Brands and Bankruptcy

Congratulations to 3L Laura Steele, the winner of this year’s Frank DeGuire Award for the best student comment in the Marquette Intellectual Property Law Review.  Laura’s terrific comment, entitled “Actual or Hypothetical: Determining the Proper Test for Trademark Licensee Rights in Bankruptcy,” is available on SSRN.  Here is the abstract:

As trademark rights become an increasingly valuable asset in Chapter 11 reorganizations, it is critical for Congress and the courts to clarify how trademarks will be treated in bankruptcy, particularly where the debtor is a trademark licensee. Without clarity, Chapter 11 reorganization may not be a viable option.

This Comment urges that trademark licensees should not be stripped of a license simply because the licensee enters bankruptcy. Rather, where a licensee intends only to continue using an existing license under the terms of the existing agreement with the licensor, the licensee’s use of that license should be uninterrupted during reorganization. This recommendation, contrary to the position of trademark licensors, will not invade the province of trademark owners to control their marks.

To support this recommendation, this Comment examines the statutory frameworks of both trademark and bankruptcy law, legislative history of the Bankruptcy Code, and cases that illuminate the current circuit split over the rights of a trademark licensee in bankruptcy. Building on these elements, this Comment outlines an analytical approach that strikes a balance between the need for business reorganization and the duty of a trademark licensor to exercise control over its mark.

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The Business of Bigness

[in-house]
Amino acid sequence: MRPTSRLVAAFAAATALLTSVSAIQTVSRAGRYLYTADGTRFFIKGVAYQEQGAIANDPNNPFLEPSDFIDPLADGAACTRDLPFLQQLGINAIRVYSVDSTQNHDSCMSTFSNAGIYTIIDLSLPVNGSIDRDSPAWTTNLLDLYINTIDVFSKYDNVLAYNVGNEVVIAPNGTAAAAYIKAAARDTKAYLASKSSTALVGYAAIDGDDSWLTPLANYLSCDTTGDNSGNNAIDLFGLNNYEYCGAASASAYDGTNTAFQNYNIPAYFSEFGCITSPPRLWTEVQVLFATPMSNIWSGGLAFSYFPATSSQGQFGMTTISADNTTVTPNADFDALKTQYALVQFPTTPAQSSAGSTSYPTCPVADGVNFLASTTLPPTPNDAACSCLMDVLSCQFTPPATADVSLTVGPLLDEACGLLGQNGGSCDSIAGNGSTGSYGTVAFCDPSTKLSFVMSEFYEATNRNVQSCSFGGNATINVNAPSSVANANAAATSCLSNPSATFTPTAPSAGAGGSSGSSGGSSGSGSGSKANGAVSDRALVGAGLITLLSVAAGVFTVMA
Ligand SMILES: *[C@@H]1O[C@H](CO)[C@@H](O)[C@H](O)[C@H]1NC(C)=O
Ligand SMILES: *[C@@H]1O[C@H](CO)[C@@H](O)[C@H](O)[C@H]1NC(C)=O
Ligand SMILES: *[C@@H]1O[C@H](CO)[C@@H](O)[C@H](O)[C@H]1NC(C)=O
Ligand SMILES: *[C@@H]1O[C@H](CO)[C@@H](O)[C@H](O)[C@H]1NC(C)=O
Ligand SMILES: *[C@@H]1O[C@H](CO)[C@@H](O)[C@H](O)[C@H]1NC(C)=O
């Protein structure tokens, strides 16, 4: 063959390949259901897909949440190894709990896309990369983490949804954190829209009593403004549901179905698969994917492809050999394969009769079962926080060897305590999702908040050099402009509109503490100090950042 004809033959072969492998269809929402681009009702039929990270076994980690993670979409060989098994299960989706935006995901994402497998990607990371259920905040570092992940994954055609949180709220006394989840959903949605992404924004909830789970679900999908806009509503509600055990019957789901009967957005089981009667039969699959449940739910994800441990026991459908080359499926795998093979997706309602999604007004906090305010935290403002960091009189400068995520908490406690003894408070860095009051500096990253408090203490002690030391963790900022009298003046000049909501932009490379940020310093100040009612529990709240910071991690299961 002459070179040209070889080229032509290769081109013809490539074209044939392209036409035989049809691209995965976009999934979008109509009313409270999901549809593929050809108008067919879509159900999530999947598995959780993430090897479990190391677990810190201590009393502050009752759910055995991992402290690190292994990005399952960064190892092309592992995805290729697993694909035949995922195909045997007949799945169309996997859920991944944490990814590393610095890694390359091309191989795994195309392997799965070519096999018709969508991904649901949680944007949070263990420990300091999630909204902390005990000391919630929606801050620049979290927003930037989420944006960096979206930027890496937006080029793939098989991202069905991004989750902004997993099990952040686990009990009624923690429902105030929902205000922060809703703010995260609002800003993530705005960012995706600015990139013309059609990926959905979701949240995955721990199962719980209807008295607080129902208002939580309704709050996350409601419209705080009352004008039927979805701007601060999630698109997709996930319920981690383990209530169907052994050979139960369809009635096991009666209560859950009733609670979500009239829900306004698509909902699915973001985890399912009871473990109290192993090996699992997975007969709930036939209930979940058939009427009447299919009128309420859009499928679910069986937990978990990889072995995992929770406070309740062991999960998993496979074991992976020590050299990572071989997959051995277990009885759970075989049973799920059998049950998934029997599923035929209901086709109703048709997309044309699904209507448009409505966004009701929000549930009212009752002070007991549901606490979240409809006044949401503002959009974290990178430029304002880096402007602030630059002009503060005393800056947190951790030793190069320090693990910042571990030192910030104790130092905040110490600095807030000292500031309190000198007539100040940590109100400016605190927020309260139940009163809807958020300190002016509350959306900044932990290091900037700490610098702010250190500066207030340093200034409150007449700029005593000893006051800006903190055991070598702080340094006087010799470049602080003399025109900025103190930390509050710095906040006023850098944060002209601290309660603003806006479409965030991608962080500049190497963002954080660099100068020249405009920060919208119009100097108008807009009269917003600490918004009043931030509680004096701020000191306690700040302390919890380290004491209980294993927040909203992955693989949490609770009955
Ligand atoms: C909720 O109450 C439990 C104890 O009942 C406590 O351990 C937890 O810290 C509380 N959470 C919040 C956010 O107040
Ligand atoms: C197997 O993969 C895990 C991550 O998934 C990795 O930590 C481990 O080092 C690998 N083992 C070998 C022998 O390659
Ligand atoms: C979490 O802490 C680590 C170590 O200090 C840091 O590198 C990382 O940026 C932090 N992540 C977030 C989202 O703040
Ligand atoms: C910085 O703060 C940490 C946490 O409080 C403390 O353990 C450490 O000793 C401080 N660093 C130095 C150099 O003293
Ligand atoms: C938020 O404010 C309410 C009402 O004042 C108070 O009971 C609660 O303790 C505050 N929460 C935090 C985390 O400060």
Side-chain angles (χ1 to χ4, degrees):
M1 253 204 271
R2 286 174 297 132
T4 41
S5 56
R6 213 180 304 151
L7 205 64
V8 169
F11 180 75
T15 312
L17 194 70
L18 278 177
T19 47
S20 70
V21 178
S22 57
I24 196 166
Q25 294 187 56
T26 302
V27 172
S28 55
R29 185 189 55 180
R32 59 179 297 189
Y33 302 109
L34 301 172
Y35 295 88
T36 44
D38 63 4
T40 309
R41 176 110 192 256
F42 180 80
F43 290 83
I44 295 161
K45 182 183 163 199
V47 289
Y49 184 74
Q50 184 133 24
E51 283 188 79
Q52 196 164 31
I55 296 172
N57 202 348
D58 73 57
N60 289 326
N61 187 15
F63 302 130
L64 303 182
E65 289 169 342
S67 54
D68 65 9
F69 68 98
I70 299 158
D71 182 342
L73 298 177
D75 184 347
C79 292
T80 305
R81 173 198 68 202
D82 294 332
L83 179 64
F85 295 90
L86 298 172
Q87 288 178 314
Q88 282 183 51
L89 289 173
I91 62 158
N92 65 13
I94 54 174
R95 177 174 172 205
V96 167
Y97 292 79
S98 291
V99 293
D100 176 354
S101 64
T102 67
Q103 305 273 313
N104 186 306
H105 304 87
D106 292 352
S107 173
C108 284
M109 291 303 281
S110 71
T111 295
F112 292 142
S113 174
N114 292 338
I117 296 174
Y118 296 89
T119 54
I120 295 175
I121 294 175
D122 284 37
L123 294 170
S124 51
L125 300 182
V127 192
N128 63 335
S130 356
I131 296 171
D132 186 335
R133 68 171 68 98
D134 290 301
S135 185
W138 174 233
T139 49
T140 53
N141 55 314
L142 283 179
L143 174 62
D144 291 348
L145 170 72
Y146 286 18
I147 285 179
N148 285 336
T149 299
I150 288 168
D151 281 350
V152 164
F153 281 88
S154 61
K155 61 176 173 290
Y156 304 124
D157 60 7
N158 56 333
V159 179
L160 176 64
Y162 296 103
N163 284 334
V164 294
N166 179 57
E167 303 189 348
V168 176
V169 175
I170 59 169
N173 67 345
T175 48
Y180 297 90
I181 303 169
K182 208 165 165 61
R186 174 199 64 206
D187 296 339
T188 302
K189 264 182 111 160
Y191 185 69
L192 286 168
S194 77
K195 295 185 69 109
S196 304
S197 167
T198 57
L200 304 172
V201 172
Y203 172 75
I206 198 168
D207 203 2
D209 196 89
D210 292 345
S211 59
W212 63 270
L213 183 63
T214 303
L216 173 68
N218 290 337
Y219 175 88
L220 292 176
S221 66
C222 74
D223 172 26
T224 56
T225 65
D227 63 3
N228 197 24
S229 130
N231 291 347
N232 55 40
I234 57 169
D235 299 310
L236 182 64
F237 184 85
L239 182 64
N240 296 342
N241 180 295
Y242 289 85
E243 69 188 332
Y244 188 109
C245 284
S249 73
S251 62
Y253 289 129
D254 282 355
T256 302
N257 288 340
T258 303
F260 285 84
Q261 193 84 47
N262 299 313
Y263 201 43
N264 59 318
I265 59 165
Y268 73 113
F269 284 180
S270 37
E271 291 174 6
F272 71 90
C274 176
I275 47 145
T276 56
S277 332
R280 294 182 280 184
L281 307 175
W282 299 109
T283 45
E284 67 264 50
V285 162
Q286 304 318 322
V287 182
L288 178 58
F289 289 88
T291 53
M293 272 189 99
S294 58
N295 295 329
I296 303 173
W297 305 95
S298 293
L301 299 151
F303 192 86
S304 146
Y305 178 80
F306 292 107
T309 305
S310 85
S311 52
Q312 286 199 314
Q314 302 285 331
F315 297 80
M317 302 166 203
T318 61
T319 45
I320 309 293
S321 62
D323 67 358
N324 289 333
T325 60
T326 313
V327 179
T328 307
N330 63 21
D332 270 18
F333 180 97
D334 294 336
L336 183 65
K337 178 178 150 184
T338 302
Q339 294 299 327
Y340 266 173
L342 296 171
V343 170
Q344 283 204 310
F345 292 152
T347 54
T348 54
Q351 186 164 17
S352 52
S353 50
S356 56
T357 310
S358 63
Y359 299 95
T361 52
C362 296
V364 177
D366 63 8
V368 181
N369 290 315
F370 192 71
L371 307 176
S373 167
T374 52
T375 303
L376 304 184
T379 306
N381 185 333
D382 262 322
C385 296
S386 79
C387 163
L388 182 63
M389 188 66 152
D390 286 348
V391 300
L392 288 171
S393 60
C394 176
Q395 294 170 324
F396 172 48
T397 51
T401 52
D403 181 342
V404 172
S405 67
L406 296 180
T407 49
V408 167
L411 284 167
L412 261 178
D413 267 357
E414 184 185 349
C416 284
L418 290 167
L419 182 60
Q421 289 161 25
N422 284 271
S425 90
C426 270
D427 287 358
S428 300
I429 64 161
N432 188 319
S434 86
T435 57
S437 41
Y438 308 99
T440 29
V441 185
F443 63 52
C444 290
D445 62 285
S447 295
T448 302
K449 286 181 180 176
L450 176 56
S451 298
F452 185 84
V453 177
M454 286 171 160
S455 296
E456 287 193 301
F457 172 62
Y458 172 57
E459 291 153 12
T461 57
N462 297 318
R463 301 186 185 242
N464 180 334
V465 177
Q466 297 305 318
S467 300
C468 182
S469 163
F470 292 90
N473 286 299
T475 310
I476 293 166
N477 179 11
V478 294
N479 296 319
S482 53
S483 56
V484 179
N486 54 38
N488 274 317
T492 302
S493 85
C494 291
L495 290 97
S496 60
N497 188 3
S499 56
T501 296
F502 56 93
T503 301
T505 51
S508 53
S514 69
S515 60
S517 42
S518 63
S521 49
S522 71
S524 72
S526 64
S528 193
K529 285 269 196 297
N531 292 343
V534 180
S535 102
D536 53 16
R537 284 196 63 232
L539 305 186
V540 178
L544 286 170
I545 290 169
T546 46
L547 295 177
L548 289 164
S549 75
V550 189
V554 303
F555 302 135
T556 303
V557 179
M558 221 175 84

brandeisLast summer, Eric Dash of the New York Times wrote an excellent article on the problems associated with big business in the U.S.  Dash noted that almost 100 years ago, Supreme Court Justice Louis Brandeis wrote prophetically about the “curse of bigness.”  Justice Brandeis denounced generally the influence that big business had on U.S. politics and its economy.

Today, Brandies’s “curse of bigness” is incorporated into the less pejorative term for large U.S. companies — companies that are “too big to fail.”  Certainly in light of the recent U.S. financial crisis, people are well aware of the influence that these large U.S. companies have on U.S. politics and its economy.   But these “too big to fail” companies may also be creating moral hazards in business operations, and the U.S. has yet to establish a unified system for dealing with the business of bigness. 

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Proxy Amendments and Short-Term Shareholders

Conference roomFirst, thank you for the invitation to be the March Student Blogger.  I have significant experience in blogs.  But perhaps unfortunately for this blog, that experience is restricted to Nebraska football and Lost blogs.  And I don’t think this is the proper forum for discussions of the Huskers’ 2011 recruiting class or how the Valenzetti Equation may answer all your questions regarding Lost.  However, I am open to requests during my March tenure.

Moving on.

Several blogs on this site have addressed election issues and reform in the judicial and political spheres.   Yet, despite imminent changes with regard to the election of corporate directors, any discussion of corporate election reform has been noticeably absent.  I do not doubt that the rules regarding the election of directors will change significantly this year.

Specifically, on June 10, 2009, the SEC published proposed amendments to the federal proxy rules that would facilitate shareholders’ ability to nominate directors to company boards of directors. Under the current director election rules, shareholders seeking to nominate a competing slate of director candidates have to bear all costs of a proxy campaign.  Yet, all costs for the campaigns of the incumbent board’s nominees are paid for out of corporate funds.  That advantage to the board’s nominees coupled with the significant costs in mounting a proxy contest serve as effective barriers to dissident shareholders seeking to initiate an election contest.

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